Hassan Fathy and Continuity in Islamic Arts and Architecture: The Birth of a New Modern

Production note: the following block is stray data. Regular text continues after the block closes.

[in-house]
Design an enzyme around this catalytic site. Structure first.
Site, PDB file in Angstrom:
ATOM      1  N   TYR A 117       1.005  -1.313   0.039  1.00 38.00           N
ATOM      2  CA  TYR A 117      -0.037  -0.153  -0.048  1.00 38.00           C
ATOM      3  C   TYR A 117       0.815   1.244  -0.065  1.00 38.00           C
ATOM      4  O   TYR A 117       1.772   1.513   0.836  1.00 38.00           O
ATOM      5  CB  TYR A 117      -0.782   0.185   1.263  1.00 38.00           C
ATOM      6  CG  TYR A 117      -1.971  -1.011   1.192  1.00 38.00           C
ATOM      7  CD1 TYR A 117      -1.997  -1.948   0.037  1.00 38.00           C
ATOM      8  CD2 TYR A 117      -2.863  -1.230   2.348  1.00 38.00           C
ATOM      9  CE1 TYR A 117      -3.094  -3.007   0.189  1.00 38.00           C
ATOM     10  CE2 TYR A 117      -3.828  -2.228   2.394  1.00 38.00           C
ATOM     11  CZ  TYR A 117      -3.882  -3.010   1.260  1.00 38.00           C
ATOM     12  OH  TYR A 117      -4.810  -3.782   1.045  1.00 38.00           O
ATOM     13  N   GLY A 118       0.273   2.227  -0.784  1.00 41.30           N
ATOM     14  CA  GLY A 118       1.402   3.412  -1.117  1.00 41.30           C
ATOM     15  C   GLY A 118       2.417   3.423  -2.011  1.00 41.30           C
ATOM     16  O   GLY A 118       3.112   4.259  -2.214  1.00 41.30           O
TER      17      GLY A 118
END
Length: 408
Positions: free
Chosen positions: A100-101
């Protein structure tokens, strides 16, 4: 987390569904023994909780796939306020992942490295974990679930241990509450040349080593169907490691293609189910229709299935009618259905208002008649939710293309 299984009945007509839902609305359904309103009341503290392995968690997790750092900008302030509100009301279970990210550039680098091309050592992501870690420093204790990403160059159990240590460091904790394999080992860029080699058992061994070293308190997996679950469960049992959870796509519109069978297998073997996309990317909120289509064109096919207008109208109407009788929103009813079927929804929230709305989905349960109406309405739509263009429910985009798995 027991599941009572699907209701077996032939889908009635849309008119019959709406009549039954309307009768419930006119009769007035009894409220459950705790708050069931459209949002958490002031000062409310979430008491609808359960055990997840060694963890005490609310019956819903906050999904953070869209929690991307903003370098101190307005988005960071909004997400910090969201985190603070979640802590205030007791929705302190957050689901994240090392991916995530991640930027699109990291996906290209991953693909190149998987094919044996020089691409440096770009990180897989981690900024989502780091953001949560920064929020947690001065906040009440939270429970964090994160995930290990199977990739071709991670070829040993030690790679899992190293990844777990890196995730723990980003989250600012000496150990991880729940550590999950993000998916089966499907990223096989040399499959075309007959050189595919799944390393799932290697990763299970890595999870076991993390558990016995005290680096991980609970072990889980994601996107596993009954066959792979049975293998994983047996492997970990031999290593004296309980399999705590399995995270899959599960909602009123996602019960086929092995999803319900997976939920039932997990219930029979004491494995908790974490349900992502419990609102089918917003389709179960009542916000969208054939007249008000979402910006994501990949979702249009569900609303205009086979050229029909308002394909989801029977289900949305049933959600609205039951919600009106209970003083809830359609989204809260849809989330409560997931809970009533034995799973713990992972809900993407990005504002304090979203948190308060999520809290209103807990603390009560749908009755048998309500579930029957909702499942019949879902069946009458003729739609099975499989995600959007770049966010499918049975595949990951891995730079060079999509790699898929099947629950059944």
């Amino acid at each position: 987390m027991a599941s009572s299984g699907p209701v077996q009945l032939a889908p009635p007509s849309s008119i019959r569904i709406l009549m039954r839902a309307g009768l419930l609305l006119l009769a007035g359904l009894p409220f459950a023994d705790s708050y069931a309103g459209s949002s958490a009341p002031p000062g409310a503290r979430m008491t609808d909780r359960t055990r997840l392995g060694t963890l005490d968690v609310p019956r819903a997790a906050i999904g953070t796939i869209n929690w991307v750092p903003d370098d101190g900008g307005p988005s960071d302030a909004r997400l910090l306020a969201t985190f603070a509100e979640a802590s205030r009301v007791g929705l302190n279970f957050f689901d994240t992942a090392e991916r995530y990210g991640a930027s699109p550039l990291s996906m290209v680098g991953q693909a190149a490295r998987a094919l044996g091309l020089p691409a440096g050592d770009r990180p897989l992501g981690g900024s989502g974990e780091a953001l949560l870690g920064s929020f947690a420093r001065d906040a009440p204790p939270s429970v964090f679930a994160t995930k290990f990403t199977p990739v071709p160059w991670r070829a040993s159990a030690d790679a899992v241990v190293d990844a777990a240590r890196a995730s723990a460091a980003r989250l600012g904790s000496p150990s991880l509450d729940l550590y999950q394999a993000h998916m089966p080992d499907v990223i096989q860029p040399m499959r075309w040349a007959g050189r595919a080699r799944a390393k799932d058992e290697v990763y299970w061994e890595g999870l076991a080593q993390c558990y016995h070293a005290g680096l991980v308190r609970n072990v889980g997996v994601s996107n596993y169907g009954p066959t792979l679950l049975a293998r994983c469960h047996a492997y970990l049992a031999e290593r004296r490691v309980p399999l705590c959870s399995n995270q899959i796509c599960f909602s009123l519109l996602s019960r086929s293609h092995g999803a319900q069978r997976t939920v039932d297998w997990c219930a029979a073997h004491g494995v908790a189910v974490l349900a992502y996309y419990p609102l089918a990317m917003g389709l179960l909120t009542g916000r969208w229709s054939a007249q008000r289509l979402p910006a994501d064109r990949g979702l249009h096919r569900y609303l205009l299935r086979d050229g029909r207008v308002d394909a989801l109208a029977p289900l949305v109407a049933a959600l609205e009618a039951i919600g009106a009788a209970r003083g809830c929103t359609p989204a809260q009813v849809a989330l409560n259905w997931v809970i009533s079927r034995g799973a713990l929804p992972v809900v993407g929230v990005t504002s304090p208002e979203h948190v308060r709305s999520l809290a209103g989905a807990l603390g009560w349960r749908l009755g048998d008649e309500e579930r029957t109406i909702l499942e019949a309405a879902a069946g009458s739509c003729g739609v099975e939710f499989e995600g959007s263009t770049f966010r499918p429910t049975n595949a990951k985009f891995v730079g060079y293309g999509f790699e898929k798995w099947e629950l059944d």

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Through his path-breaking design documents and built projects, Hassan Fathy, the Egyptian architect known for his recognition of the potential of vernacular forms, single-handedly sought to reintegrate the artistic traditions of Islam with contemporary design. Ahmad Hamid here identifies questions about the nature of Islamic art and its building culture, analyzing the rise of an assumed opposition between traditional and modern concepts. The subsequent reemergence of Islamic art and architecture as a vital force within the modern world followed the establishment of the Aga Khan Award for Architecture as a discussion platform dedicated to the built environment within present Muslim societies. In the light of this reawakening, and incorporating Fathy's seminal work, the author projects the socioeconomic, environmental, psychological, and esthetic components onto a new critical theory of modernity for the 21st century, neither western nor eastern exclusively.